It is nasty, and the norovirus that is causing widespread outbreaks of diarrhea and vomiting across North Carolina is one super bug.
Impervious to sanitizing gels, able to sicken wide groups of people in tiny amounts and fearing no vaccine, the norovirus has struck conferences, play groups, schools, restaurants, retirement homes and day care centers.
"It's a very successful virus," said David Bergmire-Sweat, food-borne disease epidemiologist for the state Division of Public Health.
A count of infections isn't available, Bergmire-Sweat said, because the ailment isn't among those the state tracks and reports to the Centers for Disease Control and Prevention. But he said outbreaks can sweep through large clusters of people in waves of illness, with just a few particles of the virus transmitted in airborne droplets, on surfaces or in contaminated food.
And it packs a wallop. Although the intestinal turmoil usually lasts no more than a couple of days, it can be serious for older adults, young children and people with fragile immune systems. AtWakeMed in Raleigh, hospital officials said Wednesday that they've seen a large number of people in the emergency department in the grip of the virus's misery.
Most are sent home. There is no treatment.
Agnes Stevens, with the state's Alcoholic Beverage Control Commission, went from feeling fine to feeling wretched within two hours Sunday evening, and spent the entire night vomiting.
"It was not an experience I enjoyed," she said. Wiped out, she took Monday off.
The virus can spread from its recent victims days and weeks after they've fully recovered.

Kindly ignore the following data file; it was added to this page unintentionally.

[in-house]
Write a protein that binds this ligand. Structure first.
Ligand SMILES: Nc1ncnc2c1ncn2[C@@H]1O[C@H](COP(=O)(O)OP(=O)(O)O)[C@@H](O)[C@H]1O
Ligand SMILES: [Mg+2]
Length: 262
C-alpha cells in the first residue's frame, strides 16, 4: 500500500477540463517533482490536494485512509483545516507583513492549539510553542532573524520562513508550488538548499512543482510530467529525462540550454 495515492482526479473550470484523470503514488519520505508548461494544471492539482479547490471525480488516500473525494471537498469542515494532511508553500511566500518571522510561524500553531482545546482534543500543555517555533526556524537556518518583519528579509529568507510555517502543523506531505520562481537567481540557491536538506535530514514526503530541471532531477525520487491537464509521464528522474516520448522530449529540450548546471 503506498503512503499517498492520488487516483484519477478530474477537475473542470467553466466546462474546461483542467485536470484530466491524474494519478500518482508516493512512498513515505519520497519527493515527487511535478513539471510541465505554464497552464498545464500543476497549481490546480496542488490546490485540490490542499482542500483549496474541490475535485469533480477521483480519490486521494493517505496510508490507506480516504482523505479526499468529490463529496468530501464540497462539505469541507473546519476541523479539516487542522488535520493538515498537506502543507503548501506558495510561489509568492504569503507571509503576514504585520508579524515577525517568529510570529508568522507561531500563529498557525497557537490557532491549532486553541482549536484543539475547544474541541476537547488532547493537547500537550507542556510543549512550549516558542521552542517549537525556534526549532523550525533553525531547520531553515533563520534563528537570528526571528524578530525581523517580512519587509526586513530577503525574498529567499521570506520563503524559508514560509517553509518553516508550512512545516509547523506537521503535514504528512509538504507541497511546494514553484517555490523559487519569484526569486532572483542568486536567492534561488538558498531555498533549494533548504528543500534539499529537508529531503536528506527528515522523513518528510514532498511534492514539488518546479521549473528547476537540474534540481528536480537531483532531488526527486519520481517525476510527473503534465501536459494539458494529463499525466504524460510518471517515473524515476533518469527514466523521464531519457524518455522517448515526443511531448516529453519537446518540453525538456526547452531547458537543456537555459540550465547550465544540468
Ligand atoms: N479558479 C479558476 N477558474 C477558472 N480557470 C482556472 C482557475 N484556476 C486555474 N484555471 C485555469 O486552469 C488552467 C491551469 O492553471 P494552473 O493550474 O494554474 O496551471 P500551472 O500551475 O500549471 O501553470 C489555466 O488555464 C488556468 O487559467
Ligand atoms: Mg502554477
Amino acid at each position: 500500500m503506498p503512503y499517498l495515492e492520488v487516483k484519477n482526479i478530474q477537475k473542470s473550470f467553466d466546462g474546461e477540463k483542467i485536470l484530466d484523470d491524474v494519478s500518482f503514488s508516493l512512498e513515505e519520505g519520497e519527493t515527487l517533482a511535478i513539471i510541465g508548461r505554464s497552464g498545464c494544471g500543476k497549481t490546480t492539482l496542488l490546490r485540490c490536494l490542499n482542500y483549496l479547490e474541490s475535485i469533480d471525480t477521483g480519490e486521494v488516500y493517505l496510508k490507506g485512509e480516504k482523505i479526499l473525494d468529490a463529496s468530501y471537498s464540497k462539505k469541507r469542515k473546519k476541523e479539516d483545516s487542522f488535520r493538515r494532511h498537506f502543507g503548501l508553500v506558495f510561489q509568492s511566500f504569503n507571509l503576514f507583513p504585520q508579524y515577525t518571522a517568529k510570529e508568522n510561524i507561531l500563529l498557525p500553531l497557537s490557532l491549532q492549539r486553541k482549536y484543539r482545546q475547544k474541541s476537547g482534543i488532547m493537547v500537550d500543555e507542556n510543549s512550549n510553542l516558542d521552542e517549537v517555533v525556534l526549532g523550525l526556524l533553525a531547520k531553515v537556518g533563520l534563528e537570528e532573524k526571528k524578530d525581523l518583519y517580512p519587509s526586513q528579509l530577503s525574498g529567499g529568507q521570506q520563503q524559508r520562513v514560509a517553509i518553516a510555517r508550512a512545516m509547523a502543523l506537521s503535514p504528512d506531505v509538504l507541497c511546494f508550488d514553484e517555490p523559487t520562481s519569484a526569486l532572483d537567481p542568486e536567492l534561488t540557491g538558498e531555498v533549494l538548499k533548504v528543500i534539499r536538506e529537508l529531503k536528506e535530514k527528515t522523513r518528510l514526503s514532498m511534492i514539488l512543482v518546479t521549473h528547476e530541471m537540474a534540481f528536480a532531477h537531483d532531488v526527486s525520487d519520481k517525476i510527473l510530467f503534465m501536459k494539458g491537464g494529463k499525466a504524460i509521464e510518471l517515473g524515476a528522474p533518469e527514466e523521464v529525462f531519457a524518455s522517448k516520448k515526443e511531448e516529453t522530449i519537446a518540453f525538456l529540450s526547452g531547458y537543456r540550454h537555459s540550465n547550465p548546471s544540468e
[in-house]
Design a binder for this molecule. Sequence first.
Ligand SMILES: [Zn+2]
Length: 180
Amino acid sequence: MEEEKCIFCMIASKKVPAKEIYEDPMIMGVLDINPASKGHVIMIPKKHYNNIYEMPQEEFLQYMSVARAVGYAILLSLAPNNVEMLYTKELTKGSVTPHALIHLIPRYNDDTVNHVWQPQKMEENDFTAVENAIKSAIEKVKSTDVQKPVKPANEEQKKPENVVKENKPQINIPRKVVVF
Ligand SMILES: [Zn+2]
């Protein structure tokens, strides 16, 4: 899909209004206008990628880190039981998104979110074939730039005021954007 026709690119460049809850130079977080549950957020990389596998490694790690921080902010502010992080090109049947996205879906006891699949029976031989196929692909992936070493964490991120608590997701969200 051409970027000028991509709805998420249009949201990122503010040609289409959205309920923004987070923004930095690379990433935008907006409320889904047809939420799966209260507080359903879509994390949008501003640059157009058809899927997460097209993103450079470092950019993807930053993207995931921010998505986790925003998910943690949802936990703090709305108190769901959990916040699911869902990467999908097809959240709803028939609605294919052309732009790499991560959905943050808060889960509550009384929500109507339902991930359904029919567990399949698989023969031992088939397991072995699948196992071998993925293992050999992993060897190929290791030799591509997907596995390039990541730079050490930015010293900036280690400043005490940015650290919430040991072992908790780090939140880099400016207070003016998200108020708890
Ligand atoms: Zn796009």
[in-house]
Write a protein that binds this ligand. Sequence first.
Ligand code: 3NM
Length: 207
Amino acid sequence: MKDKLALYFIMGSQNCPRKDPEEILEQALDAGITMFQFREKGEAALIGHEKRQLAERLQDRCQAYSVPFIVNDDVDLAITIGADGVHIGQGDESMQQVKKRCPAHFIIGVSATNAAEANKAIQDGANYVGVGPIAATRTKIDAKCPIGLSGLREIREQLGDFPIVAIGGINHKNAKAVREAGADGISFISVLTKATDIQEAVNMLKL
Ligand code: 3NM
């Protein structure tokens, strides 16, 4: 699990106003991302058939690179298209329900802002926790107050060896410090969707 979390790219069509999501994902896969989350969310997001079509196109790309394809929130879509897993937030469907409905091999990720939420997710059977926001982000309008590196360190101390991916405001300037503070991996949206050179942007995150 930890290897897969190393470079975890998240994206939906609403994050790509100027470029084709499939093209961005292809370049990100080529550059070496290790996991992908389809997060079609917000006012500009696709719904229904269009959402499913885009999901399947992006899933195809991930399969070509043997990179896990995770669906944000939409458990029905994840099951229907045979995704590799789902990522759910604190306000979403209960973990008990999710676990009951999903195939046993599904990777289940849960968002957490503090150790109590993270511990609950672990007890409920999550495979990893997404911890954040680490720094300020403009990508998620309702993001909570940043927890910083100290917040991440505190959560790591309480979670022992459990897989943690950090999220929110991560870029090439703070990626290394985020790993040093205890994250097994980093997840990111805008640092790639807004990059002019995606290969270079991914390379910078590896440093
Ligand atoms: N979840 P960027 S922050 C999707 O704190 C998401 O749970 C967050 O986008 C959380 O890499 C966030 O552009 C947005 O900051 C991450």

State health officials caution people who have had bouts of the virus to refrain from fixing food for at least 48 hours, and to wash clothing and bedding in detergent and hot water.
What's also little known is that norovirus is untouched by sanitary hand gels, which rely on alcohol to kill germs. Only bleach works against noroviruses, so people are better off washing their hands in warm, soapy water.
Other than that, science offers little against the pathogen. Along with no treatment, there's no vaccine.
Seeking a vaccine
Ralph Baric, an epidemiologist at the Gillings School of Global Public Health at UNC-Chapel Hill, is working to rectify that. Baric, who studies noroviruses, said he has had success immunizing mice against the virus. His technique uses inactivated parts of the pathogen to train the immune system into mounting a defense.
But the virus is tricky. Like influenza, it comes in dozens of strains, and it's constantly changing. As a result, people have almost no immunity to any one variant. Baric said people can suffer norovirus illness time and again, because each bout can be caused by a different strain.
For his vaccine to work, he said, he'll have to pack the inoculation with multiple strains, selecting them through a process similar to how seasonal flu shots are created each year.
But there is a good potential market among older people, the military and travelers. Cruise ship companies also have strong interest.
"Between 10 million and 20 million people take cruises each year," Baric said. "Cruise ship companies spend a tremendous amount of money and time and effort keeping the viruses off ships."
And still the virus cannot be vanquished. Half the time, Baric said, it's the culprit behind traveler's revenge.
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